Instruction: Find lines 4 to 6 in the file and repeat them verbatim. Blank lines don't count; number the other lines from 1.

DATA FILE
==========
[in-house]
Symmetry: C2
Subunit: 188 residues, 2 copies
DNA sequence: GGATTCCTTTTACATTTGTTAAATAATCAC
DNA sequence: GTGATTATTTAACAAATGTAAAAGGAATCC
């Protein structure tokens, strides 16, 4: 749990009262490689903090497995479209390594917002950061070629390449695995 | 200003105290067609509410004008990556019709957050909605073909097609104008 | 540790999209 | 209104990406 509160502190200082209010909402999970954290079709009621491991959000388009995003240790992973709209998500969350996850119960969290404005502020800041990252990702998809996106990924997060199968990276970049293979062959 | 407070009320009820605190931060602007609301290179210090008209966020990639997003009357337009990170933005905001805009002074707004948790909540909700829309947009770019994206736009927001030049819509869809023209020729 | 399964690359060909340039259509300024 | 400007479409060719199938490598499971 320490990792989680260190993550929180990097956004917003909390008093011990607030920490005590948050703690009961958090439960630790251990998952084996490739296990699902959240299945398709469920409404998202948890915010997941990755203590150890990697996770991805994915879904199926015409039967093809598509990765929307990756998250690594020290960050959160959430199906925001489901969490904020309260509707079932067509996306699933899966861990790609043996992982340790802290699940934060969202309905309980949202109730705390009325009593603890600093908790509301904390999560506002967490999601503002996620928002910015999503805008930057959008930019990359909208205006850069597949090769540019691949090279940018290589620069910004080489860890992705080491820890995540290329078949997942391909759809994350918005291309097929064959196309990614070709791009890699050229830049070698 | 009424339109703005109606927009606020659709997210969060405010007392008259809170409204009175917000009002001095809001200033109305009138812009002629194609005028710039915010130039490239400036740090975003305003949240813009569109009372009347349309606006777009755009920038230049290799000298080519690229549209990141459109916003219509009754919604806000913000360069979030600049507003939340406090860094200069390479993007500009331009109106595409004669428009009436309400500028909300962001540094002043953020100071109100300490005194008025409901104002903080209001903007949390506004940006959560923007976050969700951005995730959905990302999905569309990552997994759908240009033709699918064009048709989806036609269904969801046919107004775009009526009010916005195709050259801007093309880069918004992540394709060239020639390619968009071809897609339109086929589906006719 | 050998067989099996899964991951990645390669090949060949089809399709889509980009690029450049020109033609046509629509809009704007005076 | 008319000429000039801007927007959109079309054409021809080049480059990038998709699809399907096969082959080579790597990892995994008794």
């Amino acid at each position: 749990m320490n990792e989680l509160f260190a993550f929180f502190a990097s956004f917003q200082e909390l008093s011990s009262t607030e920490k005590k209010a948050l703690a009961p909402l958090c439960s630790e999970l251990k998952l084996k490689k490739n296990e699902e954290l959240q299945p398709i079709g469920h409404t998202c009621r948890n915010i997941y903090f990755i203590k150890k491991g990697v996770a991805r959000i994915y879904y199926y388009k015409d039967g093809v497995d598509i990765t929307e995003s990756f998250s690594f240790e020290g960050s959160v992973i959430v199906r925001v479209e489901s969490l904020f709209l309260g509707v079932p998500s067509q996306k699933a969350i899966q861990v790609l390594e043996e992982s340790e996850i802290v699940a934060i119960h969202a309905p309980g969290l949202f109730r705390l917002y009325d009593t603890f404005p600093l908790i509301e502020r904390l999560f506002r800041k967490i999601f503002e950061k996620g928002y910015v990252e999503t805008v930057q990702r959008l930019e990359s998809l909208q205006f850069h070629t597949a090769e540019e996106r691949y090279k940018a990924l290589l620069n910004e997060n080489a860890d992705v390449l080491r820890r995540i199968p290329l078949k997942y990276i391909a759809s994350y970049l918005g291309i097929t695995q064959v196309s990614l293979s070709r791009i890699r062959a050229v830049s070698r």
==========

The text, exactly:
DNA sequence: GGATTCCTTTTACATTTGTTAAATAATCAC
DNA sequence: GTGATTATTTAACAAATGTAAAAGGAATCC
């Protein structure tokens, strides 16, 4: 749990009262490689903090497995479209390594917002950061070629390449695995 | 200003105290067609509410004008990556019709957050909605073909097609104008 | 540790999209 | 209104990406 509160502190200082209010909402999970954290079709009621491991959000388009995003240790992973709209998500969350996850119960969290404005502020800041990252990702998809996106990924997060199968990276970049293979062959 | 407070009320009820605190931060602007609301290179210090008209966020990639997003009357337009990170933005905001805009002074707004948790909540909700829309947009770019994206736009927001030049819509869809023209020729 | 399964690359060909340039259509300024 | 400007479409060719199938490598499971 320490990792989680260190993550929180990097956004917003909390008093011990607030920490005590948050703690009961958090439960630790251990998952084996490739296990699902959240299945398709469920409404998202948890915010997941990755203590150890990697996770991805994915879904199926015409039967093809598509990765929307990756998250690594020290960050959160959430199906925001489901969490904020309260509707079932067509996306699933899966861990790609043996992982340790802290699940934060969202309905309980949202109730705390009325009593603890600093908790509301904390999560506002967490999601503002996620928002910015999503805008930057959008930019990359909208205006850069597949090769540019691949090279940018290589620069910004080489860890992705080491820890995540290329078949997942391909759809994350918005291309097929064959196309990614070709791009890699050229830049070698 | 009424339109703005109606927009606020659709997210969060405010007392008259809170409204009175917000009002001095809001200033109305009138812009002629194609005028710039915010130039490239400036740090975003305003949240813009569109009372009347349309606006777009755009920038230049290799000298080519690229549209990141459109916003219509009754919604806000913000360069979030600049507003939340406090860094200069390479993007500009331009109106595409004669428009009436309400500028909300962001540094002043953020100071109100300490005194008025409901104002903080209001903007949390506004940006959560923007976050969700951005995730959905990302999905569309990552997994759908240009033709699918064009048709989806036609269904969801046919107004775009009526009010916005195709050259801007093309880069918004992540394709060239020639390619968009071809897609339109086929589906006719 | 050998067989099996899964991951990645390669090949060949089809399709889509980009690029450049020109033609046509629509809009704007005076 | 008319000429000039801007927007959109079309054409021809080049480059990038998709699809399907096969082959080579790597990892995994008794």